Happy Runnings Beagles

They were bred to hunt in packs, so they generally are easy-going and get along well with other dogs. They are affectionate and happy companions. The most popular fictional Beagle is probably Snoopy from the comic strip Peanuts by Charles Shultz.


Dachshunds are also a smaller breed, built low to the ground and long in the body. Their shape has earned them the nickname of “Sausage” and “Weiner” dogs. They are typically friendly little companions but maybe a bit on the stubborn side. They were bred in Germany for hunting badgers. “Dachs” is the German word for badger.


Dachshunds come in two sizes, miniature and standard. Minis are 5-6 inches tall while the Standard is 8-9 inches. The Mini should weigh up to 11 pounds and the Standard can weight as much as 32 pounds. They also may have different coat types which include short, long, and and wire-haired. Solid red is a very common coat color but they sometimes wear black and tan, red and tan, brindle or merle.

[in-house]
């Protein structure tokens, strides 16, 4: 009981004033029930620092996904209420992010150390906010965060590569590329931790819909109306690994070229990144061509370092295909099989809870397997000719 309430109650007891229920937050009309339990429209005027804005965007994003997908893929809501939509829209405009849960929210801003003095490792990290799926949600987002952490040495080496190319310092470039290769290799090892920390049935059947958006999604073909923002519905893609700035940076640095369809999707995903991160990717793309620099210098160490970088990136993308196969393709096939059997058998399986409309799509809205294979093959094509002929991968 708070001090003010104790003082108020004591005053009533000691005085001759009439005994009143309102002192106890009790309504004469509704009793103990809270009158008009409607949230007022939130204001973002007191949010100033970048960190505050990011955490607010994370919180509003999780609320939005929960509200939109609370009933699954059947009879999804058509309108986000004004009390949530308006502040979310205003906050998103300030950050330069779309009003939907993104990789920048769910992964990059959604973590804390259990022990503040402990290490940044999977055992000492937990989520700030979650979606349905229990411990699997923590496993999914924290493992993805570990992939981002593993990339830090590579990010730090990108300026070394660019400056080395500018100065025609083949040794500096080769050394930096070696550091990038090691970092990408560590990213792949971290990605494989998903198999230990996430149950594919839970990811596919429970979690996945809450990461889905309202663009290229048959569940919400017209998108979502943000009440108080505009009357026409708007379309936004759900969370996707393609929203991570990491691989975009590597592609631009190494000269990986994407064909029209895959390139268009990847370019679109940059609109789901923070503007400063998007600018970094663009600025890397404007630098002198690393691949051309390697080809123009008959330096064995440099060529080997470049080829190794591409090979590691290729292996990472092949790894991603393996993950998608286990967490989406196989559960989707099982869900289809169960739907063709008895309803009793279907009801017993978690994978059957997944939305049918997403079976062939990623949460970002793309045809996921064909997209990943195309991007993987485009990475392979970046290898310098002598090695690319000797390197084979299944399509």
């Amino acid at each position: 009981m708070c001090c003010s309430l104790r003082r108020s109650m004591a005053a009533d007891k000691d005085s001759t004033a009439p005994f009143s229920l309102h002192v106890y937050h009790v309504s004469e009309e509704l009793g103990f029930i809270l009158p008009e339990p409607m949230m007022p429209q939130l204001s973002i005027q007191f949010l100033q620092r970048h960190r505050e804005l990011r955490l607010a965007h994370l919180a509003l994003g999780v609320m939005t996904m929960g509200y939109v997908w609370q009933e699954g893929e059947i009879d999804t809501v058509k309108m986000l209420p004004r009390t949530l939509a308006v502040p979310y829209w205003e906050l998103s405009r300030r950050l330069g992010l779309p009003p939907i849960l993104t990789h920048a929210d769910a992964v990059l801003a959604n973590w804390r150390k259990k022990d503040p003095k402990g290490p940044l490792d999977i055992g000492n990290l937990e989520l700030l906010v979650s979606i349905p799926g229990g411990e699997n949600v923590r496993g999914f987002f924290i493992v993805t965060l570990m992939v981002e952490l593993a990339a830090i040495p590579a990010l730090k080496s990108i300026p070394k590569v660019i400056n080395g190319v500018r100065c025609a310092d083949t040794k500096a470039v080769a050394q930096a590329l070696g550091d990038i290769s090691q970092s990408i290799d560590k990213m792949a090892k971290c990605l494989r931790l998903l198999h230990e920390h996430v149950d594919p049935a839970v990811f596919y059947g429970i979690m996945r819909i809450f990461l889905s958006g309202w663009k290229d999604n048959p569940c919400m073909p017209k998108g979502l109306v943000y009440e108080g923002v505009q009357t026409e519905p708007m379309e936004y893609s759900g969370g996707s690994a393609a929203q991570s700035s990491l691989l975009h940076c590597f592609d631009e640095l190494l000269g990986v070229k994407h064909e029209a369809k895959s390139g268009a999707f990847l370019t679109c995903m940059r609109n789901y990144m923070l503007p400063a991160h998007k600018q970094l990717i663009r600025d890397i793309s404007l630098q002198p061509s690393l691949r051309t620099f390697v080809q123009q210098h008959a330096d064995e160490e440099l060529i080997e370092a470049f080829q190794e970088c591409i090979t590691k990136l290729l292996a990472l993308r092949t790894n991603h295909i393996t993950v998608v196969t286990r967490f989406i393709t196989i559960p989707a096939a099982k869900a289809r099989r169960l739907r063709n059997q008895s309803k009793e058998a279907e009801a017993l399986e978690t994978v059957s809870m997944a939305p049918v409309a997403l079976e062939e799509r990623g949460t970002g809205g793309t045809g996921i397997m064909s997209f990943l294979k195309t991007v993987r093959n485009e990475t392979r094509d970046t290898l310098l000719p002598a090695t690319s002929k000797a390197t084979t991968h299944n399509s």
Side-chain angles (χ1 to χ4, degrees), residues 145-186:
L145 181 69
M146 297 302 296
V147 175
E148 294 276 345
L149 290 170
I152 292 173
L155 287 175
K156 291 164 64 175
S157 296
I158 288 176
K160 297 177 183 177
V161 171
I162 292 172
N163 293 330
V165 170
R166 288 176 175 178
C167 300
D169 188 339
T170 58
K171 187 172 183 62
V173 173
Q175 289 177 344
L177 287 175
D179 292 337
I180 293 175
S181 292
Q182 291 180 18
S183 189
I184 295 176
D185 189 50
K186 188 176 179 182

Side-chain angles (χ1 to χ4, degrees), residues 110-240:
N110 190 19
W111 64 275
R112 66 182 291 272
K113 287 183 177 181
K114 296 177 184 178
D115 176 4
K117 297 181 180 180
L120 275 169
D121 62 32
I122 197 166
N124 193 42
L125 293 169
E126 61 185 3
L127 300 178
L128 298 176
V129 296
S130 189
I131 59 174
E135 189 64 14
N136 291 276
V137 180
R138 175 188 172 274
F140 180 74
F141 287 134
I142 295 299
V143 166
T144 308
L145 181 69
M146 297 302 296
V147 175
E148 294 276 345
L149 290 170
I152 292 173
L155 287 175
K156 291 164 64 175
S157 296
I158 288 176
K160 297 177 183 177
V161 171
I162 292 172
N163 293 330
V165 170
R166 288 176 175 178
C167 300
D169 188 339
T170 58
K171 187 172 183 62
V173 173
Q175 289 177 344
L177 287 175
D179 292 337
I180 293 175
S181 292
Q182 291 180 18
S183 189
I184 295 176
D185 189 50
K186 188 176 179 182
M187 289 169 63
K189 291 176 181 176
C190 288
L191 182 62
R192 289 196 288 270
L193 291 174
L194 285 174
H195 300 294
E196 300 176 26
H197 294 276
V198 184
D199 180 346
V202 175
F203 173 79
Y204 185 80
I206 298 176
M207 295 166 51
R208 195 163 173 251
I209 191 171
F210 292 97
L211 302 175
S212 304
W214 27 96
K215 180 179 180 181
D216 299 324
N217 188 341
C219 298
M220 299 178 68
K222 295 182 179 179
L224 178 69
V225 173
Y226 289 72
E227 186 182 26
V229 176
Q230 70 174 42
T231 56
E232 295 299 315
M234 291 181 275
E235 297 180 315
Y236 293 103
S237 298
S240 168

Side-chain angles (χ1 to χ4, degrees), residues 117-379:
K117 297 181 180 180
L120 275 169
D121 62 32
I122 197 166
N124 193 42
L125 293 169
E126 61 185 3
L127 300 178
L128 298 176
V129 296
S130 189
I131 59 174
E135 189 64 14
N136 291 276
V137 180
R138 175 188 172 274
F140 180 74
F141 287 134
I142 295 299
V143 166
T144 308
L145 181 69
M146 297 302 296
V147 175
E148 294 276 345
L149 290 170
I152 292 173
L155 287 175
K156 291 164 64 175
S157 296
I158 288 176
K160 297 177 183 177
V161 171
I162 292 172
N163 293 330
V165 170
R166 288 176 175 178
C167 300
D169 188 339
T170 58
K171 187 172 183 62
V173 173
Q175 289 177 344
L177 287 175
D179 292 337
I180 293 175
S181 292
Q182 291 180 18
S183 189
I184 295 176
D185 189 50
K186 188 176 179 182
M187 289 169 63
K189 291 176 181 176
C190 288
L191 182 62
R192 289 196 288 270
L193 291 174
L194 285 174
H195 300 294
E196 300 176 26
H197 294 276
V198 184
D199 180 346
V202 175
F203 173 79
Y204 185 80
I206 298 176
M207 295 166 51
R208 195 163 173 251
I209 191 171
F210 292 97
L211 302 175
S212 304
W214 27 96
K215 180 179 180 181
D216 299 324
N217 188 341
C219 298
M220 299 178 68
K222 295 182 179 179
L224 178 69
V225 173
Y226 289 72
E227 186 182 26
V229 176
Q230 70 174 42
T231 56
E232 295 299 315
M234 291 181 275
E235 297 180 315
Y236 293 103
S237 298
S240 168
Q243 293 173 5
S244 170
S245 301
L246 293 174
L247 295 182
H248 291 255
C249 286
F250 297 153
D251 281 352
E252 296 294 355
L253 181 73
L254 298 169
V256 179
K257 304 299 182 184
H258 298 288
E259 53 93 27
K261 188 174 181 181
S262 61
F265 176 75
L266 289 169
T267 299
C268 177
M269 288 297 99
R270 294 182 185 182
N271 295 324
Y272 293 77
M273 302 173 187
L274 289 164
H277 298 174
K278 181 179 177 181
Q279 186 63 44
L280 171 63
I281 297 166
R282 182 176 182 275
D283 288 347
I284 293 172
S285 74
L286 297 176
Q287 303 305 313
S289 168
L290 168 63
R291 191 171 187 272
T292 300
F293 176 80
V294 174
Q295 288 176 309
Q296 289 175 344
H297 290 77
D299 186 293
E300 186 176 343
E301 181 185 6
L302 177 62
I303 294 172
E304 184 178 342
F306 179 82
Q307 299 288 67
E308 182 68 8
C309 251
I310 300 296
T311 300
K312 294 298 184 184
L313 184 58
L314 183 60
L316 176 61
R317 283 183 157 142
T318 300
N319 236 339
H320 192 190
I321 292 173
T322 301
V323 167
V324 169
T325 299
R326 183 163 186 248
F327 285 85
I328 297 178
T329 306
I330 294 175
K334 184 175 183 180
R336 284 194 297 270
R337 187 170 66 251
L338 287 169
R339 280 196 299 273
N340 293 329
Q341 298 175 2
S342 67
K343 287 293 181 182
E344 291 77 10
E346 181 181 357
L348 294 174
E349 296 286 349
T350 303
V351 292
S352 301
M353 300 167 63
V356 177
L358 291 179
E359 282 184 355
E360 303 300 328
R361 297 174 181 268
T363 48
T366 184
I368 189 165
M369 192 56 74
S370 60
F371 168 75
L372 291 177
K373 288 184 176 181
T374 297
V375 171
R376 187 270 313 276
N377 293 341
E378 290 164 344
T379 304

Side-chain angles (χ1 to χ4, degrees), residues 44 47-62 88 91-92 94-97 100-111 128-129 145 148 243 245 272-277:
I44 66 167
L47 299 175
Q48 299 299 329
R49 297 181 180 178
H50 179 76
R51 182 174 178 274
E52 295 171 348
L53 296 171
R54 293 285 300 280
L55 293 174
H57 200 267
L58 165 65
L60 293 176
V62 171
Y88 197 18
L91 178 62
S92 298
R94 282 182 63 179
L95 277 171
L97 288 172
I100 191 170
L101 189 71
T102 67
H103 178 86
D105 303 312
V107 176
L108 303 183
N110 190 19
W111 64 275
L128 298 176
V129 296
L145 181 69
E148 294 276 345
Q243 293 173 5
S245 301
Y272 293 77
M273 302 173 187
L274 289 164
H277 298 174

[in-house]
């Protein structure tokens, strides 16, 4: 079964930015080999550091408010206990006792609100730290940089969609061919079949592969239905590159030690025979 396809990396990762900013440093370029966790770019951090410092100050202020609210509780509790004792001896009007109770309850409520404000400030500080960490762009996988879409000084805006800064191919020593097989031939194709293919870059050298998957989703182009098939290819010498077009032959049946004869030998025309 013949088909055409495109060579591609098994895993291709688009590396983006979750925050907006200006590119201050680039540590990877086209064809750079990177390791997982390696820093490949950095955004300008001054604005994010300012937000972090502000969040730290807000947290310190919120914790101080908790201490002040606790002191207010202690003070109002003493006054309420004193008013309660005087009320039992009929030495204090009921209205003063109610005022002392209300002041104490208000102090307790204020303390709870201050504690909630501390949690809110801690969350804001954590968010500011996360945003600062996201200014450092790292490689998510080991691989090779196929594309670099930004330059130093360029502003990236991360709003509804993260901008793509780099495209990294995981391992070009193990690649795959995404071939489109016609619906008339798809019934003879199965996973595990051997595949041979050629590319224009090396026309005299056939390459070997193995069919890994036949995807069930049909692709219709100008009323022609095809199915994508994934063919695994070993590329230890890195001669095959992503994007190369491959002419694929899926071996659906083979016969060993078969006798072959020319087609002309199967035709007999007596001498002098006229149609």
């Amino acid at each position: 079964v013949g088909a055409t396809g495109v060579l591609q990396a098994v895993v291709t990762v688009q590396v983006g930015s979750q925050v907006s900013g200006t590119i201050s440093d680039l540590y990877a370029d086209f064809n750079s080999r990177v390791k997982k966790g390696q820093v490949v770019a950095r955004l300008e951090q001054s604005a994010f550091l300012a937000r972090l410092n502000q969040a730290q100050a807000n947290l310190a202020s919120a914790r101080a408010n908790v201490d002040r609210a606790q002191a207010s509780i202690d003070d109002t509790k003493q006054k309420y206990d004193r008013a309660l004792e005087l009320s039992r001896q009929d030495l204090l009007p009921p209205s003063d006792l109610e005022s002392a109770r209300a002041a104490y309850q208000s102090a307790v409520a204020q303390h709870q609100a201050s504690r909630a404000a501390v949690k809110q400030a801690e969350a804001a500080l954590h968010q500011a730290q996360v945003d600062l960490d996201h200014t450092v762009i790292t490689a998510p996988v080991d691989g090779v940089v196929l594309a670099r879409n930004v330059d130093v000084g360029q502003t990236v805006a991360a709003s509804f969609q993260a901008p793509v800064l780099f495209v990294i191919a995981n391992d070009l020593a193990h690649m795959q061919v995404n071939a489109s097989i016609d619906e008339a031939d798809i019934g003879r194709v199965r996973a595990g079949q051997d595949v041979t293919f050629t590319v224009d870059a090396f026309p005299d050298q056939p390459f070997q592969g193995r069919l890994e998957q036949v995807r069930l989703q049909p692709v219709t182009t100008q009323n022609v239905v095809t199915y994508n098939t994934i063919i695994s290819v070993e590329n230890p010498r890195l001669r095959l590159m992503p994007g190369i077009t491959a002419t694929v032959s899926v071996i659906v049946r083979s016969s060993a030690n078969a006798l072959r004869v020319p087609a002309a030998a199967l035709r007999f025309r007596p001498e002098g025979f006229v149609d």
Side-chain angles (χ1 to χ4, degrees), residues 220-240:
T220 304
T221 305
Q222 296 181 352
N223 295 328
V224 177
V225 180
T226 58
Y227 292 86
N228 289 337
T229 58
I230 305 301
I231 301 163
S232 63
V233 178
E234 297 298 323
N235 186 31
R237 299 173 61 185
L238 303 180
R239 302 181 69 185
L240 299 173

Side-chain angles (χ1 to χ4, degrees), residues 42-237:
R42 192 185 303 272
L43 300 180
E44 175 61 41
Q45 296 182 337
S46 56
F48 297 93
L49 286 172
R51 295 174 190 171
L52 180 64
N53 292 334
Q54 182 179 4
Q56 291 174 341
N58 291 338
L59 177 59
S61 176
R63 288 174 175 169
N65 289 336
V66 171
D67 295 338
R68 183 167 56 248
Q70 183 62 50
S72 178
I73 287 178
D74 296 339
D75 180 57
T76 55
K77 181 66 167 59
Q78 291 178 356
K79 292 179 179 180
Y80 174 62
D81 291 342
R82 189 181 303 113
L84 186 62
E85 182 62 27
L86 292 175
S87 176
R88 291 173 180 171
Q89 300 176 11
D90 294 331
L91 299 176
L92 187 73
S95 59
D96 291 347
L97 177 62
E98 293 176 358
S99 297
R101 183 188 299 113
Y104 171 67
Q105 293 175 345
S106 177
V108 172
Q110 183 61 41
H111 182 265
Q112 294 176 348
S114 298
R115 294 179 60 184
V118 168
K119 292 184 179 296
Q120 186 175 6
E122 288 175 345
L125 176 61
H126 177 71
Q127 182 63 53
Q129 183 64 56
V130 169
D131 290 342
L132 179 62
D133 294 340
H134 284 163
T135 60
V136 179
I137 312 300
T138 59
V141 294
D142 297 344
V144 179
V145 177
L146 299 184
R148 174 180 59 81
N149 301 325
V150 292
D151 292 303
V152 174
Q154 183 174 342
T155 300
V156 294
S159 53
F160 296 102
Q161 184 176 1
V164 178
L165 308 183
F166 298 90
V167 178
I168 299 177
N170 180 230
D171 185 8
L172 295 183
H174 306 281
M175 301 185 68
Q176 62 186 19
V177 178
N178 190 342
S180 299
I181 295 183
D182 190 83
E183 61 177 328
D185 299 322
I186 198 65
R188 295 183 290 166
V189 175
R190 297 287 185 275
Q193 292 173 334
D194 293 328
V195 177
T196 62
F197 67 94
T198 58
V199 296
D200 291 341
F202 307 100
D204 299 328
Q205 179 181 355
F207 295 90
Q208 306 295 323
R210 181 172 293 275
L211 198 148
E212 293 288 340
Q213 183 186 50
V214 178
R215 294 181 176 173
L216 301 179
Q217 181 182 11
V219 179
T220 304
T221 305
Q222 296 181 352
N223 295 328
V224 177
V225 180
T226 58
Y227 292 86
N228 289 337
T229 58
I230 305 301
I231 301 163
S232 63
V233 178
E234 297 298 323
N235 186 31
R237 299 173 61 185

Basset Hound

Basset Hounds are also a long, low dog breed and rank number 39 in popularity according to the AKC. Their have long ears, a furrowed brow, and mournful eyes that gives them a sad looking expression as if the weight of the world is always on their shoulders. Their sense of smell is second only to the Bloodhound.

Basset Hounds

Basset Hounds originated in France (the French word “bas” translates to “low” in English). They are up to 15 inches tall and weigh 40 to 65 pounds. They can be stubborn at times but usually are amiable and friendly companions. They are frequently show up as characters in cartoons and movies.